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What does the future of IoT look like?

12th February 2020
Alex Lynn

Gartner’s recent report claims that the ‘IoT market will grow to 5.8 billion endpoints in 2020,’ which is a 21% increase on the previous year. This figure highlights just how popular IoT is, not just with businesses, but with consumers around the world, who now use IoT devices to manage things in their everyday life. 

By Rusty Carter, VP of product management at Arxan Technologies 

Why are IoT devices so popular, what’s driving all the excitement around them? 

More and more manufacturers are finding that they can deliver and monetise services on connected devices. The devices themselves become a platform on which much more profitable software and services can be delivered to customers, including new introductions that don't require the significant investment and risk of building new hardware platforms. It provides a faster and more secure way of providing services to customers which otherwise would not have been possible before.

With so much hype around IoT, what impact do you think it is having on businesses? Why do so many of us feel the need to be connected?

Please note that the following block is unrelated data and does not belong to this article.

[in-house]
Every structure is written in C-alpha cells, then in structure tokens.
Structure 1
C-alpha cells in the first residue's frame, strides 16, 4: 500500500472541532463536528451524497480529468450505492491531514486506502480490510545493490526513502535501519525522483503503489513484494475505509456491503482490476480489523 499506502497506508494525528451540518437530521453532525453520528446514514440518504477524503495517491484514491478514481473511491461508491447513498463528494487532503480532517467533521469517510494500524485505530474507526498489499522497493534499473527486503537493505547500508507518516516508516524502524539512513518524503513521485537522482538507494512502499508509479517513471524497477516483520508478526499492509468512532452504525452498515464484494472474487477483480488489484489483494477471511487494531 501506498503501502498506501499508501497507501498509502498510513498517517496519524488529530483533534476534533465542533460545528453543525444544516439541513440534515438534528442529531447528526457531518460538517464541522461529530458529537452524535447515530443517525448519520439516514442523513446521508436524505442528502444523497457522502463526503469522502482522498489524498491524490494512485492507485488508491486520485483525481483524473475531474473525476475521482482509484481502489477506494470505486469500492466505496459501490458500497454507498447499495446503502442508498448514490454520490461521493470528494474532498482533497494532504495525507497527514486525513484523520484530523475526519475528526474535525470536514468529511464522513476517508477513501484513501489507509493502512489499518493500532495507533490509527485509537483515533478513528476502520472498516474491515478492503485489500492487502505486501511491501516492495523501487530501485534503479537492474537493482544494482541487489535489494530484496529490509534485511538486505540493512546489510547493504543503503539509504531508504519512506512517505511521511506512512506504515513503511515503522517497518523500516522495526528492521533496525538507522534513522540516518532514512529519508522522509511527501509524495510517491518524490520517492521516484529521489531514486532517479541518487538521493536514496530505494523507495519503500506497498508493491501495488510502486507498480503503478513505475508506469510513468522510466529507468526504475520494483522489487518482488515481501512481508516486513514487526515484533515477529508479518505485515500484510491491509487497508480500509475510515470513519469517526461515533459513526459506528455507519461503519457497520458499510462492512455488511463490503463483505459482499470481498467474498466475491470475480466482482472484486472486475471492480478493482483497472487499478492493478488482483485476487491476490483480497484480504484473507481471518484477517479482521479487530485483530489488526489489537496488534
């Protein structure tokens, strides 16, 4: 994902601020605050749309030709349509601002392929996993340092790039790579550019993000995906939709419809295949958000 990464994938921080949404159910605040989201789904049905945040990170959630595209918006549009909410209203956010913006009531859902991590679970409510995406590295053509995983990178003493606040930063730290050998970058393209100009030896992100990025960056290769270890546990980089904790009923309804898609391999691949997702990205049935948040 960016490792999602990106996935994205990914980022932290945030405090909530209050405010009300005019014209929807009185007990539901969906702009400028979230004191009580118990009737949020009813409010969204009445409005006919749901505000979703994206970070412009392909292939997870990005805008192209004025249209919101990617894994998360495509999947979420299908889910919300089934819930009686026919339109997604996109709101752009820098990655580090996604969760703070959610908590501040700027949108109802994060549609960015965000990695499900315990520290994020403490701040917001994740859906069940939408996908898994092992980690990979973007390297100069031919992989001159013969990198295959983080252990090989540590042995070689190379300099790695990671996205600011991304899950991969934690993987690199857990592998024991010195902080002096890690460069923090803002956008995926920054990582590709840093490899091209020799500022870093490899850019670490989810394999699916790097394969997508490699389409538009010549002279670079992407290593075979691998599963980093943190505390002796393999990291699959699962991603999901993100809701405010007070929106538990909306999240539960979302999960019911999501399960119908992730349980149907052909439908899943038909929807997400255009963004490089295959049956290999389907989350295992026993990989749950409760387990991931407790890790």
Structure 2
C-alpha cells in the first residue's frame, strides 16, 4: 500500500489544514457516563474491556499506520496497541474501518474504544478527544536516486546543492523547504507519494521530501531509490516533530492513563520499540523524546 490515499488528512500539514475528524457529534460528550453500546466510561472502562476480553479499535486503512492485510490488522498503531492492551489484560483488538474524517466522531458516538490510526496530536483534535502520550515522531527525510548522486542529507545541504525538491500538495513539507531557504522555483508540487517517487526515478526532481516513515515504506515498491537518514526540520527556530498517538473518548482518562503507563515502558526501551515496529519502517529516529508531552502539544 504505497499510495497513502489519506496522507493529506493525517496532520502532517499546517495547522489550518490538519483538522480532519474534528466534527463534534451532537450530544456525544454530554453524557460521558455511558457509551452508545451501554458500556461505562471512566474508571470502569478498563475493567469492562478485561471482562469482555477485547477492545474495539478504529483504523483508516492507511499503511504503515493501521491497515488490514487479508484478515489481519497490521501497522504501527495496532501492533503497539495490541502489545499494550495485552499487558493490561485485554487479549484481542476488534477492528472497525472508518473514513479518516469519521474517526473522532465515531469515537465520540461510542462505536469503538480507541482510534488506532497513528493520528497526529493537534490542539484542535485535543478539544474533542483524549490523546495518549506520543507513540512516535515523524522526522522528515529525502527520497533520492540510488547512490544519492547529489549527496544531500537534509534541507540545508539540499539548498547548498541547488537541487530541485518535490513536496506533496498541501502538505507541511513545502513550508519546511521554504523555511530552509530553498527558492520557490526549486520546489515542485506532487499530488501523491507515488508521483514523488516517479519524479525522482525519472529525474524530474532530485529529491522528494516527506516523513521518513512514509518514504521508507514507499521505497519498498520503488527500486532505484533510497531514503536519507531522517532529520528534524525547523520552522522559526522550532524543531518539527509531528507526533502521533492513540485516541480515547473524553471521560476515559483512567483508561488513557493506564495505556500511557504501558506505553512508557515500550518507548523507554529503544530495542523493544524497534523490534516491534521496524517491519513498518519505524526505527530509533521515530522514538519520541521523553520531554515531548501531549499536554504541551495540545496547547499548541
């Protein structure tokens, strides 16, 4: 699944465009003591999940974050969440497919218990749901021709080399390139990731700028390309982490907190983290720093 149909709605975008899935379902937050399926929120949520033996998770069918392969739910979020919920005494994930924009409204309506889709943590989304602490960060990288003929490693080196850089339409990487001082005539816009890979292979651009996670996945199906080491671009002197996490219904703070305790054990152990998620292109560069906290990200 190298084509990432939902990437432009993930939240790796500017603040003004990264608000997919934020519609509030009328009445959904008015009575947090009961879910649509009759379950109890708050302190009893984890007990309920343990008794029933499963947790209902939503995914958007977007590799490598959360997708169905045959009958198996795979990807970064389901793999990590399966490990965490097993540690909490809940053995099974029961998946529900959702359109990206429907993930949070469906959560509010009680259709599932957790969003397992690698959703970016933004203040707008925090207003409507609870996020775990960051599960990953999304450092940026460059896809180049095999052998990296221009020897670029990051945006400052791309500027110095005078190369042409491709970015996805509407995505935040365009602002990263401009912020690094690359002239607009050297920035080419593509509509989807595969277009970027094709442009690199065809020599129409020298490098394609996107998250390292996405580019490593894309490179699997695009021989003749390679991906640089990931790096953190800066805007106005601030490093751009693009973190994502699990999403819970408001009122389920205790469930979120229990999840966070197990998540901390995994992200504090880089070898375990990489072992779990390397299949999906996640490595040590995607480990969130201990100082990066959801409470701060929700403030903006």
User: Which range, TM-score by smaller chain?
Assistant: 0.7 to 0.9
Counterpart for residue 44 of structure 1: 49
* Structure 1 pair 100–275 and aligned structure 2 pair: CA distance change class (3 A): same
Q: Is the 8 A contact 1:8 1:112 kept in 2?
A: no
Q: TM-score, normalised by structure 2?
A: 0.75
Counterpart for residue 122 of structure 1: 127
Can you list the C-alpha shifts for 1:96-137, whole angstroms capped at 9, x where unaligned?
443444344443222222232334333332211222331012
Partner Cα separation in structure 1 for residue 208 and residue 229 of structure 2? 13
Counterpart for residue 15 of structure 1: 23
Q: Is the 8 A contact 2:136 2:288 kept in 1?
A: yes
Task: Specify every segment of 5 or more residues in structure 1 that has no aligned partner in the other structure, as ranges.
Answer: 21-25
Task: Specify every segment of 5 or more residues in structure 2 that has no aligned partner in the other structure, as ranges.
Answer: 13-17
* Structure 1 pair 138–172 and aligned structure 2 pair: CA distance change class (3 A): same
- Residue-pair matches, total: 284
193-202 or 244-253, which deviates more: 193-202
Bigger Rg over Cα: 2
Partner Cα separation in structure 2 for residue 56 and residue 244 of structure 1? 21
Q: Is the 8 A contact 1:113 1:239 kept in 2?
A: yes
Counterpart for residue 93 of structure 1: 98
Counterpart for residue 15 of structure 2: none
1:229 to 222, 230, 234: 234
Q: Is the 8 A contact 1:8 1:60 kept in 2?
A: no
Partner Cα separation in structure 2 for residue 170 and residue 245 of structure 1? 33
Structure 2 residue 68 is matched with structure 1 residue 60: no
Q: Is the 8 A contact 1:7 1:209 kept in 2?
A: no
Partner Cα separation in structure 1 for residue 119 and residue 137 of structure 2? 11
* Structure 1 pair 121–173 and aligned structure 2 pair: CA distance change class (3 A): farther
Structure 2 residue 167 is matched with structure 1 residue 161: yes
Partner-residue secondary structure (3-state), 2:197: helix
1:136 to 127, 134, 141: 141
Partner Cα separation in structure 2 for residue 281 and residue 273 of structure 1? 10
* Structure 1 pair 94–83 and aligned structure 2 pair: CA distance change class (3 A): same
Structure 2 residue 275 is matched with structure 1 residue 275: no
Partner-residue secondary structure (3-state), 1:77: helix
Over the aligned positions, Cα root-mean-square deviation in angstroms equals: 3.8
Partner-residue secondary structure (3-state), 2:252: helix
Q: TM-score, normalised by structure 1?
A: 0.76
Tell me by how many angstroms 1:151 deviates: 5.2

We have come to rely on connected devices, from smart TVs to connected industrial machines, IoT is designed to make our lives better and more efficient. More and more people, and businesses, use IoT devices (as seen in the figures above) and it is becoming more apparent that organisations will need to embrace them in order to conduct their business and stay relevant. This includes being connected to their customers as well as their suppliers – a business who isn’t connected is now considered outdated and possibly can’t keep up with the same demand other businesses who use IoT devices can. 

IoT allows people to have clarity into parts of their lives that they weren’t able to before the existence of connected devices and IoT. Connectivity makes everything in our lives easier and to be able to monitor parts of our home, for instance, can only be seen as a benefit. The more businesses and organisations use connected devices to connect to their products and their customers, the more consumers will feel the need to be part of a connected world.